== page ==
The Neurotrophic Hypothesis of Depression: Treatment Implications for Erythropoietin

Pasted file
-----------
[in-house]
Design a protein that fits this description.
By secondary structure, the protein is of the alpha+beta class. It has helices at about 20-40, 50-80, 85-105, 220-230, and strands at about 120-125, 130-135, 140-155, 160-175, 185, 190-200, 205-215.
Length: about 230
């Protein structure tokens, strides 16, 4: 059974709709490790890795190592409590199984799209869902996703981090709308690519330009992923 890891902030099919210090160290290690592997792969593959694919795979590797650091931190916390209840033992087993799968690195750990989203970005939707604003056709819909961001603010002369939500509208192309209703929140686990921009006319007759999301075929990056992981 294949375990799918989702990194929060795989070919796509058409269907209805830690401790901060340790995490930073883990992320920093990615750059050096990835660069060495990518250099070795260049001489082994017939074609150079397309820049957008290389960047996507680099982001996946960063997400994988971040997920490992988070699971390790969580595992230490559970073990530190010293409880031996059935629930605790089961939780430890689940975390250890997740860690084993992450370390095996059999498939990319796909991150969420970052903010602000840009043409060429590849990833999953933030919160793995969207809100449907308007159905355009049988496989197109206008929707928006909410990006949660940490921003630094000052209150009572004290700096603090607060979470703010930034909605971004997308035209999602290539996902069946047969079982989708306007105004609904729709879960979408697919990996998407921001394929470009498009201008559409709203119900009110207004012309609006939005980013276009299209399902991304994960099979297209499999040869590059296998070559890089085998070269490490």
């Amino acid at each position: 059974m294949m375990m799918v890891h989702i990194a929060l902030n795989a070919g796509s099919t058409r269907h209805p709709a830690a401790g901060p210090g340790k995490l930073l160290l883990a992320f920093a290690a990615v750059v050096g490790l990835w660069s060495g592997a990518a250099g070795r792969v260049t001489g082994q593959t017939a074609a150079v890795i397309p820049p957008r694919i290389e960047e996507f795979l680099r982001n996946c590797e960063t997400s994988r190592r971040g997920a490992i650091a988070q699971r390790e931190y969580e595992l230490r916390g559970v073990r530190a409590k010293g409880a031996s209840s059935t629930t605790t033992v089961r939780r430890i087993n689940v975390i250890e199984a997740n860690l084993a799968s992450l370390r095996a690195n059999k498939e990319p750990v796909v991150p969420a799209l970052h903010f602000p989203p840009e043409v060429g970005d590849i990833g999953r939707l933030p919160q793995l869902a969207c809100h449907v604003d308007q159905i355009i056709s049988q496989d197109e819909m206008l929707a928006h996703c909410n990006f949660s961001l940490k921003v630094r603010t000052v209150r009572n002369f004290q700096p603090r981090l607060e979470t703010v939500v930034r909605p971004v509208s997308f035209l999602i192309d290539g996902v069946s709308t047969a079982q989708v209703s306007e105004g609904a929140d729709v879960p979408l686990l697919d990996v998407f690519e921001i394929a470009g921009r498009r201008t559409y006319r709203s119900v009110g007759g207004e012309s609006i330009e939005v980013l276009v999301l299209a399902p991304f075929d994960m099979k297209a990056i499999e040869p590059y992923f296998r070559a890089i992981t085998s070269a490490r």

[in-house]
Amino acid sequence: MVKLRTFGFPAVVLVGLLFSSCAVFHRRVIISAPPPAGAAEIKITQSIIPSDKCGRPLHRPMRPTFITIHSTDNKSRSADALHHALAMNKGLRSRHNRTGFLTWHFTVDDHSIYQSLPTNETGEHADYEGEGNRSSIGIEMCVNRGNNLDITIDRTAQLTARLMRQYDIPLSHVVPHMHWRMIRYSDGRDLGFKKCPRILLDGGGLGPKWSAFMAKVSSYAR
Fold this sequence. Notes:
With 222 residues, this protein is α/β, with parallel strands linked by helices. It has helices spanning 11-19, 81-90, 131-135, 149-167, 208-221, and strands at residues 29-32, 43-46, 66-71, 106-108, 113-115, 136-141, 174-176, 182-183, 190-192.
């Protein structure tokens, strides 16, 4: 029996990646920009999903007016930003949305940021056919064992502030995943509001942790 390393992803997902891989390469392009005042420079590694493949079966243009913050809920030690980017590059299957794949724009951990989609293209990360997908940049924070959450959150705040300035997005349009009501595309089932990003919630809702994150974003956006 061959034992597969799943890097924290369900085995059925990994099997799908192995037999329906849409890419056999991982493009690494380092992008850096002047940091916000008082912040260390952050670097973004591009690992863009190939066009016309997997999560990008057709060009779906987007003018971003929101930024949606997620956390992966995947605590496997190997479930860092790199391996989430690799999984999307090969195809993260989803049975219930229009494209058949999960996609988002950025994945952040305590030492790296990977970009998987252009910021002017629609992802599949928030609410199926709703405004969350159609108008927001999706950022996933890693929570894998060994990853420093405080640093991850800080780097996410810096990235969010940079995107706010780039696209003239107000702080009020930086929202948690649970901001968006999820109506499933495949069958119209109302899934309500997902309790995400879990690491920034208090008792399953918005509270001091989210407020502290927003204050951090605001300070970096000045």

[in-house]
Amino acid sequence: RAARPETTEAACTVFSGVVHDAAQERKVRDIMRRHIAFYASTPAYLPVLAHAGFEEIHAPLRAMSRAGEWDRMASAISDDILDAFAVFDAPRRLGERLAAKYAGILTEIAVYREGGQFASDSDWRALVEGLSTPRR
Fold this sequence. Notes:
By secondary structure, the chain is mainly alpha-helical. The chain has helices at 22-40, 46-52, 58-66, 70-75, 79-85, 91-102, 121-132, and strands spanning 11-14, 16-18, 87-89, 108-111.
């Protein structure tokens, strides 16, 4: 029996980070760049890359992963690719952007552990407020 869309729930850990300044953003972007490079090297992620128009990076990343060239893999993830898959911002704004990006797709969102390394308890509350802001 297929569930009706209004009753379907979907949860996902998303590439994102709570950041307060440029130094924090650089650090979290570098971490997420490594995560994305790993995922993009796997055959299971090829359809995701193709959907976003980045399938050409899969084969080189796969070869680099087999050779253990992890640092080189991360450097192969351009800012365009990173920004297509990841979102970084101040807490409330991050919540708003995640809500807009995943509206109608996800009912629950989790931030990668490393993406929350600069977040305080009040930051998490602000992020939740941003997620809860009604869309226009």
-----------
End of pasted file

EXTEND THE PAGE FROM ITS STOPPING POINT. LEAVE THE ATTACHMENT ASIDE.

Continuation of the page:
AbstractA purely neurotransmitter-based explanation of major depression and antidepressant action, such as the monoamine hypothesis, falls short to explain the delayed clinical onset of most agents in reference to the immediate neurochemical effects. Recently, in attempts to understand the psychobiological underpinnings of depression, the focus shifted to an involvement of intracellular signaling cascades, gene expression and protein translation. This review discusses evidence for the so-called neurotrophic hypothesis of depression, which emphasizes stress-induced disruption of brain-derived neurotrophic factors (BDNF), second messenger systems, gene expression and subsequent neural atrophy and network changes that manifest as depressive symptoms in the etiology of depression. Additionally, within the framework of the neurotrophic hypothesis, the treatment potential of the cytokine Erythropoietin is discussed.
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